Listening – Superpower: Tune in, really understand (OnePageBook)

The 6th OnePageBook™ tackles the skill of listening. Learn to tap in to your superpower with simple and effective concepts.

Understand others better. Your wife or husband, your kids, your family, your boss or collegues, a random stranger. Listen, and listen good. Get in there and really get it. And let the other person know you truly understand. Lift personal relationships to a new level.

As usual, this is a straight-to-the-point one pager with no beating around the bush.

Head on over to the OnePageBooks and get your copy (as an e-book on Amazon, or as a downloadable pdf).

Uncontrol

Businesses are concerned with controlling most aspects of operation. Finance, sales, manufacturing, logistics, projects, people, all kinds of processes, planning, even innovation. They don’t want to fail.

People are concerned with controlling most aspects of their lives. Money, job security, family time, kids, house, even vacations. We don’t want to fail.

Society is built upon the need for control. We don’t like when things spin out of control.

Control makes sure we don’t run into unknown territory. It keeps us safe.

It also hinders innovation. Precisely because it mitigates surprises by ensuring we keep out of unknown territory.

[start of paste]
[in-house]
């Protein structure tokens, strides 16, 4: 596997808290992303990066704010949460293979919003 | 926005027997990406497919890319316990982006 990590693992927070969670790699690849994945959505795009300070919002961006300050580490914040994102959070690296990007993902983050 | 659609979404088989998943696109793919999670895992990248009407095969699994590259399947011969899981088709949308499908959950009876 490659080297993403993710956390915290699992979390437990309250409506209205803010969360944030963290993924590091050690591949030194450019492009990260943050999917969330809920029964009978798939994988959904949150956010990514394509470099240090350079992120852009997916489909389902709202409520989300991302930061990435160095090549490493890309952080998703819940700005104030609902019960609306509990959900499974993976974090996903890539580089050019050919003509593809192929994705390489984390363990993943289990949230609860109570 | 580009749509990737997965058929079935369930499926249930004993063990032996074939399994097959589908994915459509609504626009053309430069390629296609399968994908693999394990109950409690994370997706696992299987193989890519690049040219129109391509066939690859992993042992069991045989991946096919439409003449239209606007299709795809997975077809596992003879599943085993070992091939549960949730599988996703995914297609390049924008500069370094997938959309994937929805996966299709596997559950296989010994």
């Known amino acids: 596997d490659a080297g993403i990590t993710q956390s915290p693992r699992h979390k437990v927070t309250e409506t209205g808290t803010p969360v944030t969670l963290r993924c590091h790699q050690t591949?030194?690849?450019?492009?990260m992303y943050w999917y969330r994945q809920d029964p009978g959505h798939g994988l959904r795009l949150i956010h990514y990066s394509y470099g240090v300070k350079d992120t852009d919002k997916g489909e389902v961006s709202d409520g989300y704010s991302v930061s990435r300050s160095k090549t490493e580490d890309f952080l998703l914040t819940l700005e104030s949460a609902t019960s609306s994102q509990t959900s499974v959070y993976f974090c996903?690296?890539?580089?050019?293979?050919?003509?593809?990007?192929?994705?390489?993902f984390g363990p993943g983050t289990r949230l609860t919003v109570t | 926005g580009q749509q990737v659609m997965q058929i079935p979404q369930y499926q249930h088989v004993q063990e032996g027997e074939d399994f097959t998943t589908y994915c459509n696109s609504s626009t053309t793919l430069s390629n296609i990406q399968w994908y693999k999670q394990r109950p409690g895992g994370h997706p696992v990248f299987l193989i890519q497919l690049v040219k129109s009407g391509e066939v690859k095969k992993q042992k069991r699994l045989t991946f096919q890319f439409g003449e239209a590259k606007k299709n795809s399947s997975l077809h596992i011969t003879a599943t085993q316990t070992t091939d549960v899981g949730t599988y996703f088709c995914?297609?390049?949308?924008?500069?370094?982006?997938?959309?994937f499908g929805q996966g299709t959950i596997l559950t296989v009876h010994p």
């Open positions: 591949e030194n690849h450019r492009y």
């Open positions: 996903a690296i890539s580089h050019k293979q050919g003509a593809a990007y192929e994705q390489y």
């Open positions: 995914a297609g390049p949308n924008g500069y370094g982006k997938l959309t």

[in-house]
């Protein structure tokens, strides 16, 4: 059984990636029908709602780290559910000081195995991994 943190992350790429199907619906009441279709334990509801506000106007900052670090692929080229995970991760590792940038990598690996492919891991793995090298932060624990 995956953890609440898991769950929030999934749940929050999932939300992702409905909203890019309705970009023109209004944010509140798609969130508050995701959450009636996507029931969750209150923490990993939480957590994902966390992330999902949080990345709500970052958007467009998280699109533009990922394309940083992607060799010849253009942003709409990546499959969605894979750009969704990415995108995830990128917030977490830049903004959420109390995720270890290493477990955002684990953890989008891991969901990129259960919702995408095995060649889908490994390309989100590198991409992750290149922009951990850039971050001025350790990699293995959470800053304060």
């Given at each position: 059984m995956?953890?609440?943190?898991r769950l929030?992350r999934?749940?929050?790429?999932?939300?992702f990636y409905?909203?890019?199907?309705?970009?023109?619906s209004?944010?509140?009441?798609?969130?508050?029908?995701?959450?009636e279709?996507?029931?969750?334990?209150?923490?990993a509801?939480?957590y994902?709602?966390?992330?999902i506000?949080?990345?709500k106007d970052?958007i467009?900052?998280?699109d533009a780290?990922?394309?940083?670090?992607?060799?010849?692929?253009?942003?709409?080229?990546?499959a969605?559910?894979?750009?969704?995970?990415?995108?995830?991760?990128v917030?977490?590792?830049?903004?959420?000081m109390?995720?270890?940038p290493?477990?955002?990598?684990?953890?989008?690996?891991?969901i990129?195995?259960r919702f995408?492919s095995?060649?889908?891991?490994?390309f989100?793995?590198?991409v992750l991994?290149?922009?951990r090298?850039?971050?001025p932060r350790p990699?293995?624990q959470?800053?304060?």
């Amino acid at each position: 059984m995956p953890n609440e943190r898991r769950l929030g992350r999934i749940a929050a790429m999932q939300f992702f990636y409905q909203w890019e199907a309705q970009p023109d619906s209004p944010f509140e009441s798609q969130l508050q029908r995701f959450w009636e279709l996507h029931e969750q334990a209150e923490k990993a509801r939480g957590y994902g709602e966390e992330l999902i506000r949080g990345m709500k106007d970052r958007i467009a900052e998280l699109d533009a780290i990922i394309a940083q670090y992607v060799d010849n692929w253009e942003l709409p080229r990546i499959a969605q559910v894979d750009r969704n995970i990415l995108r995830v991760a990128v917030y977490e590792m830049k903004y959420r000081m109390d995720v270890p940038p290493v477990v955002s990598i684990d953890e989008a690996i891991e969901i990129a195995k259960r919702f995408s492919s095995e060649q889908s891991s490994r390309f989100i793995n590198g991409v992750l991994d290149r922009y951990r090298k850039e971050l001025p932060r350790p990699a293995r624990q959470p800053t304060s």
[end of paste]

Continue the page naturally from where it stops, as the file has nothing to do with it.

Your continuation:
I advocate the occasional UNCONTROL. Just “letting go” may not be quite enough. We should sometimes make a conscious decision to uncontrol a situation. To really let it run its own course into uncharted territory. To let the project derail and let the sale cycle take surprising turns. To stomach the uncomfortable uncertainty, embrace failing and let new synapse paths connect.

Daring the unknown spurs innovation.

Letting go (of the horse)

It’s called Equine Assisted Coaching or Coaching with Horses.

In Ibiza, there’s one amazing woman, Gouwe de Waard, who is doing coaching together with Tanit – a horse. I guess the outcome of the coaching is unique for each and every one. For me it was a special exercize in letting go.

I got into the area together with Tanit. I’m comfortable with all kinds of animals, horses included. And so I started out establishing a connection with her. As I tried to communicate in a few dozen ways, Tanit was hell bent on eating. She ate, and ate, and ate and really seemed to not give a shit about me. In trying to communicate, the problem came down to the fact that I was trying. Whenever I tried to get her to move her head or look at me or call her toward me, I was pulling or pushing – but very gently. But that was enough for Tanit to lose interest in connecting with me.

It was when I finally let go – fully didn’t care – fully went fuck it – then she came over to me and stood beside me looking the same way I did. It culminated in several serene moments when we both stood there looking at each other or looking the same way. An amazing experience that confirmed to me the power of fully letting go.

Thank you Tanit. And thank you Gouwe.

How to help a friend in trouble: Simple and effective tools (OnePageBook)